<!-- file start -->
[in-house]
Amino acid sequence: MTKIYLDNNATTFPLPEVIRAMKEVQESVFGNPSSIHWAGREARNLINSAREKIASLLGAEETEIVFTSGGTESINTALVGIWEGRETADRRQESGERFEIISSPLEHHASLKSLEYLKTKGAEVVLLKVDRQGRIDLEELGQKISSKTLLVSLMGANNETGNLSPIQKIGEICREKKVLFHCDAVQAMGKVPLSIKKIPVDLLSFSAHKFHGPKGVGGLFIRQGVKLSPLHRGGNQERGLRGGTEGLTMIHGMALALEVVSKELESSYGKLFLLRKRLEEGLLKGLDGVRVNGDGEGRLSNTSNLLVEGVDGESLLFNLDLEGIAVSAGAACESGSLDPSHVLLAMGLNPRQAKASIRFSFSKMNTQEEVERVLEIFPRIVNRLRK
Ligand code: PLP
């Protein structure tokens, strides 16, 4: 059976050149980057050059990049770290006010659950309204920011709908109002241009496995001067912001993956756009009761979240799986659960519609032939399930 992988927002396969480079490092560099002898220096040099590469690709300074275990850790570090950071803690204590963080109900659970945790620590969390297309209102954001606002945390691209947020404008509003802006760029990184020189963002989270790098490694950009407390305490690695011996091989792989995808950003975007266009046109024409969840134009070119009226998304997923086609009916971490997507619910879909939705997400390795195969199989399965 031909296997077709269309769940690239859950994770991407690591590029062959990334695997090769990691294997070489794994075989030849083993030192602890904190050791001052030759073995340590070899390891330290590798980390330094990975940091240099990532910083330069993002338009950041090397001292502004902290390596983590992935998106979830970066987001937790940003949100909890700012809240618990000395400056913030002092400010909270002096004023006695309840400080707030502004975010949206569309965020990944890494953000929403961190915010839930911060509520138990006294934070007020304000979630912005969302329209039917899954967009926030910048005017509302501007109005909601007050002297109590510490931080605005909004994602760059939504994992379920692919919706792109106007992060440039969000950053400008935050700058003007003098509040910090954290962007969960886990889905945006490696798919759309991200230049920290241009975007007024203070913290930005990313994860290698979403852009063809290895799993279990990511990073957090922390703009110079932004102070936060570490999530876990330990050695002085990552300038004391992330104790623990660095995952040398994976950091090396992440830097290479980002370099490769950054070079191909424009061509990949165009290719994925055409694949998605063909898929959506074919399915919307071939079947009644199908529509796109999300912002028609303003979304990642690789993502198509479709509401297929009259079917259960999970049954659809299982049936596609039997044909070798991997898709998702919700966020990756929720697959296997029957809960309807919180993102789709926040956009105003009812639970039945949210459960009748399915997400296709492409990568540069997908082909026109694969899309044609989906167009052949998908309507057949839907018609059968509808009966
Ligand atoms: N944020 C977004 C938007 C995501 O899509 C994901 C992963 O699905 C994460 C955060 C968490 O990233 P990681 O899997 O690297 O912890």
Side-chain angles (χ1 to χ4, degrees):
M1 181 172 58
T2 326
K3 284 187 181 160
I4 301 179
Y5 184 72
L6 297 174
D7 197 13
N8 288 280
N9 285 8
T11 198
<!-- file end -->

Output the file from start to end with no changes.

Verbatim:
[in-house]
Amino acid sequence: MTKIYLDNNATTFPLPEVIRAMKEVQESVFGNPSSIHWAGREARNLINSAREKIASLLGAEETEIVFTSGGTESINTALVGIWEGRETADRRQESGERFEIISSPLEHHASLKSLEYLKTKGAEVVLLKVDRQGRIDLEELGQKISSKTLLVSLMGANNETGNLSPIQKIGEICREKKVLFHCDAVQAMGKVPLSIKKIPVDLLSFSAHKFHGPKGVGGLFIRQGVKLSPLHRGGNQERGLRGGTEGLTMIHGMALALEVVSKELESSYGKLFLLRKRLEEGLLKGLDGVRVNGDGEGRLSNTSNLLVEGVDGESLLFNLDLEGIAVSAGAACESGSLDPSHVLLAMGLNPRQAKASIRFSFSKMNTQEEVERVLEIFPRIVNRLRK
Ligand code: PLP
């Protein structure tokens, strides 16, 4: 059976050149980057050059990049770290006010659950309204920011709908109002241009496995001067912001993956756009009761979240799986659960519609032939399930 992988927002396969480079490092560099002898220096040099590469690709300074275990850790570090950071803690204590963080109900659970945790620590969390297309209102954001606002945390691209947020404008509003802006760029990184020189963002989270790098490694950009407390305490690695011996091989792989995808950003975007266009046109024409969840134009070119009226998304997923086609009916971490997507619910879909939705997400390795195969199989399965 031909296997077709269309769940690239859950994770991407690591590029062959990334695997090769990691294997070489794994075989030849083993030192602890904190050791001052030759073995340590070899390891330290590798980390330094990975940091240099990532910083330069993002338009950041090397001292502004902290390596983590992935998106979830970066987001937790940003949100909890700012809240618990000395400056913030002092400010909270002096004023006695309840400080707030502004975010949206569309965020990944890494953000929403961190915010839930911060509520138990006294934070007020304000979630912005969302329209039917899954967009926030910048005017509302501007109005909601007050002297109590510490931080605005909004994602760059939504994992379920692919919706792109106007992060440039969000950053400008935050700058003007003098509040910090954290962007969960886990889905945006490696798919759309991200230049920290241009975007007024203070913290930005990313994860290698979403852009063809290895799993279990990511990073957090922390703009110079932004102070936060570490999530876990330990050695002085990552300038004391992330104790623990660095995952040398994976950091090396992440830097290479980002370099490769950054070079191909424009061509990949165009290719994925055409694949998605063909898929959506074919399915919307071939079947009644199908529509796109999300912002028609303003979304990642690789993502198509479709509401297929009259079917259960999970049954659809299982049936596609039997044909070798991997898709998702919700966020990756929720697959296997029957809960309807919180993102789709926040956009105003009812639970039945949210459960009748399915997400296709492409990568540069997908082909026109694969899309044609989906167009052949998908309507057949839907018609059968509808009966
Ligand atoms: N944020 C977004 C938007 C995501 O899509 C994901 C992963 O699905 C994460 C955060 C968490 O990233 P990681 O899997 O690297 O912890």
Side-chain angles (χ1 to χ4, degrees):
M1 181 172 58
T2 326
K3 284 187 181 160
I4 301 179
Y5 184 72
L6 297 174
D7 197 13
N8 288 280
N9 285 8
T11 198